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Election lawsuits heard

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Mark your calendars--again: A panel of three federal judges ruled last week that North Carolina's primary election will occur as scheduled May 6.

Several Republicans, including two former North Carolina lawmakers, have sued the State Board of Elections alleging the current legislative district boundaries are unconstitutional. They sought a preliminary injunction to delay the primary until lawmakers or the courts could redraw the lines.

The judges denied the injunction. However, the suit itself challenging the boundaries may proceed.

The NAACP recently intervened in the case; it contends that the plaintiffs are trying to recarve the map to segregate black voters into their own districts, in effect diluting the political power of African Americans.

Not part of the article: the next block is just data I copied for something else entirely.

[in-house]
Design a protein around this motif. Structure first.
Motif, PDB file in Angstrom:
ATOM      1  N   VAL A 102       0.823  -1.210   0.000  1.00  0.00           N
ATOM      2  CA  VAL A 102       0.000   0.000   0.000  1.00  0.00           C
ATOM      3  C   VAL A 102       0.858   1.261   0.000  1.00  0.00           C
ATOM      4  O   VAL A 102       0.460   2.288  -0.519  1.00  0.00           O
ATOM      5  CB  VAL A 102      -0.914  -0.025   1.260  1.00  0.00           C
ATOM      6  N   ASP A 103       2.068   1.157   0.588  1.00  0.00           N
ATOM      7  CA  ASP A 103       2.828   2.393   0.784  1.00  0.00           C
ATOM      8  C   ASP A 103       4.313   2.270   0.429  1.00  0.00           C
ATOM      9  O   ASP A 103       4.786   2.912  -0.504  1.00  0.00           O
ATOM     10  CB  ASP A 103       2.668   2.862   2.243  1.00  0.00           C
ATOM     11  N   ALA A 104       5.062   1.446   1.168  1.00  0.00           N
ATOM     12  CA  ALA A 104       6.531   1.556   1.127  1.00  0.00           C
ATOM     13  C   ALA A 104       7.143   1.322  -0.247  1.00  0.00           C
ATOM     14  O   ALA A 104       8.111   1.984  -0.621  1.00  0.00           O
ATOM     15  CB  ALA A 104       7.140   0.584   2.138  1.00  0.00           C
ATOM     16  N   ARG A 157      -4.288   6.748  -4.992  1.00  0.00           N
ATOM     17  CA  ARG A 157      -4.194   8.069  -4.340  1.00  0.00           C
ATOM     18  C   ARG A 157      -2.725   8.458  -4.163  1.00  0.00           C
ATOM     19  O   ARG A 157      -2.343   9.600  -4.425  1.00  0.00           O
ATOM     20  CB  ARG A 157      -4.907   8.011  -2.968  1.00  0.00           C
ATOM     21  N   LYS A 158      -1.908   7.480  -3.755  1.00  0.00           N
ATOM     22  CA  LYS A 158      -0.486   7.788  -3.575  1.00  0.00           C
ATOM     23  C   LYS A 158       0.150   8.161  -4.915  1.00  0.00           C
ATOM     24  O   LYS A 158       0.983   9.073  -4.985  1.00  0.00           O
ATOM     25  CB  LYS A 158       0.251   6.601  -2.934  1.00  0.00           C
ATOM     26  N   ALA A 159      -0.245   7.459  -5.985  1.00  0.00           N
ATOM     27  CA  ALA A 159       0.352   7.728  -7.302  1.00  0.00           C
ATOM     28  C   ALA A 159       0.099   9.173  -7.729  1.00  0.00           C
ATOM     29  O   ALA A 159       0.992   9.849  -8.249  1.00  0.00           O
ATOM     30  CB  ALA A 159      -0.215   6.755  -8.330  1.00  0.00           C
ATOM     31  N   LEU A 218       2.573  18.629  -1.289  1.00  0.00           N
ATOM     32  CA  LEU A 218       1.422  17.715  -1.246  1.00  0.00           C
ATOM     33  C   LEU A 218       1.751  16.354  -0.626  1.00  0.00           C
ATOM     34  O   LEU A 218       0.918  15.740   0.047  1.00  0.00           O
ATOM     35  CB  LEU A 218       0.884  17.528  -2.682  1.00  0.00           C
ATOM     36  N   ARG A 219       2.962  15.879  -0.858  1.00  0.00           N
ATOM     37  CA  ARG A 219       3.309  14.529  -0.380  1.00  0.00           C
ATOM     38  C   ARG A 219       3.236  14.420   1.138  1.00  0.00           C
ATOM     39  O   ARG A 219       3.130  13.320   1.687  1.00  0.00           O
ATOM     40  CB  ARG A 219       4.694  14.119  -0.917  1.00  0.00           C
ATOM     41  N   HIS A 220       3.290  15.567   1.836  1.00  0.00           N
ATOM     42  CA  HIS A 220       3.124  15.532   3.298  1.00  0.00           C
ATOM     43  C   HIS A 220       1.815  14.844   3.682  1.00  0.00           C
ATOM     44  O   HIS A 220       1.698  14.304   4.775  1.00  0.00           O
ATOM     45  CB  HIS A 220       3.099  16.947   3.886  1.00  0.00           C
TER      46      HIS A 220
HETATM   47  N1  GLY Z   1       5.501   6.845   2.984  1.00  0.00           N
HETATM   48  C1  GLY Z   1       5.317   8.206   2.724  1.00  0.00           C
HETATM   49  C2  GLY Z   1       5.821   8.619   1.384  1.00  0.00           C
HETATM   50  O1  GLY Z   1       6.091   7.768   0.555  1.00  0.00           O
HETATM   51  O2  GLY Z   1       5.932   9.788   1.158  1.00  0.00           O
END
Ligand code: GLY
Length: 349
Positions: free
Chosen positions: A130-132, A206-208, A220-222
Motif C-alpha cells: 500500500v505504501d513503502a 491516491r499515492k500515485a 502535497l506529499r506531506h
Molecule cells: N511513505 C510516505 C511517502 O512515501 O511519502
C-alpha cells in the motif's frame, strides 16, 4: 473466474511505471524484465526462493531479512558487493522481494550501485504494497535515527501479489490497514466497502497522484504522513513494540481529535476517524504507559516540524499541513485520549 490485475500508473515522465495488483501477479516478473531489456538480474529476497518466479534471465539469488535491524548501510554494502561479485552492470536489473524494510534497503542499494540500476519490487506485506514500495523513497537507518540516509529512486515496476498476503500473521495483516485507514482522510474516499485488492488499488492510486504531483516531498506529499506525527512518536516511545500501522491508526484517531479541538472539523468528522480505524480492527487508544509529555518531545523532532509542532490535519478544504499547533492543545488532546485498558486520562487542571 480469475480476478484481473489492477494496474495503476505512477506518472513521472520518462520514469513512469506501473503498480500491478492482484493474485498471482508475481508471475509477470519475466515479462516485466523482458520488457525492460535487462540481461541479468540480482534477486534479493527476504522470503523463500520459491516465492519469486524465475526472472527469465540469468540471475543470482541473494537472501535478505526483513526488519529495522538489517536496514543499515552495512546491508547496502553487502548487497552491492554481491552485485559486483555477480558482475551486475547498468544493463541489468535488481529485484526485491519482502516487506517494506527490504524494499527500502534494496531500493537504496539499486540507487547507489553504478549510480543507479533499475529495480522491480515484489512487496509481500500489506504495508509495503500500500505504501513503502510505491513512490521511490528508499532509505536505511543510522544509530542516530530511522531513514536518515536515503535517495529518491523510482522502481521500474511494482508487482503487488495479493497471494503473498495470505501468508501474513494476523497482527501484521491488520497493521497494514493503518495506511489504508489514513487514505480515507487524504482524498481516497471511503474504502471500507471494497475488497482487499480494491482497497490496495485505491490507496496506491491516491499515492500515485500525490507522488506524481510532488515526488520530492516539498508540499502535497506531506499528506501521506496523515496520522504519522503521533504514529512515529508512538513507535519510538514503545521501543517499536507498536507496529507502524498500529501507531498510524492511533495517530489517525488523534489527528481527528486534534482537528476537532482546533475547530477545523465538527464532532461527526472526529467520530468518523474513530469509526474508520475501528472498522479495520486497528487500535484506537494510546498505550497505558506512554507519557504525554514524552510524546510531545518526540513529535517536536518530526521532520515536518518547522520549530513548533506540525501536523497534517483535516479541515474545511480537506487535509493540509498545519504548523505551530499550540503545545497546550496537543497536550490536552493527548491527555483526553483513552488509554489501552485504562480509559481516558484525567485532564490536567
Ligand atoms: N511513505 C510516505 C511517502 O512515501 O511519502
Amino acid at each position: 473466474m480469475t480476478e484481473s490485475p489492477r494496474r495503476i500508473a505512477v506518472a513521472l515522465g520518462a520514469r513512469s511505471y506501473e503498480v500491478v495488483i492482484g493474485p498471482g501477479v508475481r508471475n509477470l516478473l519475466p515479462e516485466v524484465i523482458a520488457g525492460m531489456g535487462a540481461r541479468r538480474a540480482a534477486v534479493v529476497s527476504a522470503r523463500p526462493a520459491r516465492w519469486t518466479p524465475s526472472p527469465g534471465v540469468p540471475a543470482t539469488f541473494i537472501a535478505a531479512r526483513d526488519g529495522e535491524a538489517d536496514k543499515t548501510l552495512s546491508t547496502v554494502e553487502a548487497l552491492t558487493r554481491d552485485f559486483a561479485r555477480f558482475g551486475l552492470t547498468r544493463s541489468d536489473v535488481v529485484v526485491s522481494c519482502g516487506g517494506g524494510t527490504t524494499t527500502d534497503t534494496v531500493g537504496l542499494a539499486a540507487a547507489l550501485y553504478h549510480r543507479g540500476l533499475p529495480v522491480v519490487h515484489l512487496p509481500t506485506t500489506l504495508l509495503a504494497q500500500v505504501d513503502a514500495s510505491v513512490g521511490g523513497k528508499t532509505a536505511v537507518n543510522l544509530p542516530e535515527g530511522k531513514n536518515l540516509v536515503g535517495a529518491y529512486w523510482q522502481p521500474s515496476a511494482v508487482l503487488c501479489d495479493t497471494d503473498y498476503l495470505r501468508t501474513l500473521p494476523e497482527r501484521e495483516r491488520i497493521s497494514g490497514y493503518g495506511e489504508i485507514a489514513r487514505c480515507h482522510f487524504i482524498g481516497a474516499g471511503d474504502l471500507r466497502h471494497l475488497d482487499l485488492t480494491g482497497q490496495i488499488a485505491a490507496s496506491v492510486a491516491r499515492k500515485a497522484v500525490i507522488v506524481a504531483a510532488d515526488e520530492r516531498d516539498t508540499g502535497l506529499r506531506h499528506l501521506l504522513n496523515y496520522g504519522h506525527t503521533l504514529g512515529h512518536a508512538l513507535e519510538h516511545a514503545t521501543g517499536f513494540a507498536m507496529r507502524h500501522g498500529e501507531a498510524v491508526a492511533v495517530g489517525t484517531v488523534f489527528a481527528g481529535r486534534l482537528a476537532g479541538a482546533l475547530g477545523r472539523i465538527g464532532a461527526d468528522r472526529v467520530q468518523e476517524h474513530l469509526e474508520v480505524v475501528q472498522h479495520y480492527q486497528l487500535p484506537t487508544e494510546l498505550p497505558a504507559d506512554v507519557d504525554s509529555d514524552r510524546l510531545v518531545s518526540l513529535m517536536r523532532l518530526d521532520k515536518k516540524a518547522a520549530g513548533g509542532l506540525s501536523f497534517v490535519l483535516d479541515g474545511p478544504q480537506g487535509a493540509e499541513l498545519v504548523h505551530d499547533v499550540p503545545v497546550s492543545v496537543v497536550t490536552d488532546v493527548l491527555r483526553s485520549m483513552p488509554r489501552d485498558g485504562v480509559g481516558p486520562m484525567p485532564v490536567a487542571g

Another election lawsuit is slated for Wake County Court over North Carolina's ballot access laws. The Green and Libertarian parties sued the State Board of Elections, maintaining that ballot access requirements are onerous.

A party must collect roughly 70,000 signatures of voters registered in North Carolina (although they gather closer to 100,000 to account for signatures that may be invalid). That number is equivalent to 2 percent of the voter turnout in the last gubernatorial election. To stay on the ballot, at least one candidates must receive 10 percent of the vote.

The Green Party has never had a candidate on the North Carolina ballot; the Libertarians have succeeded several times, most recently in 2004.

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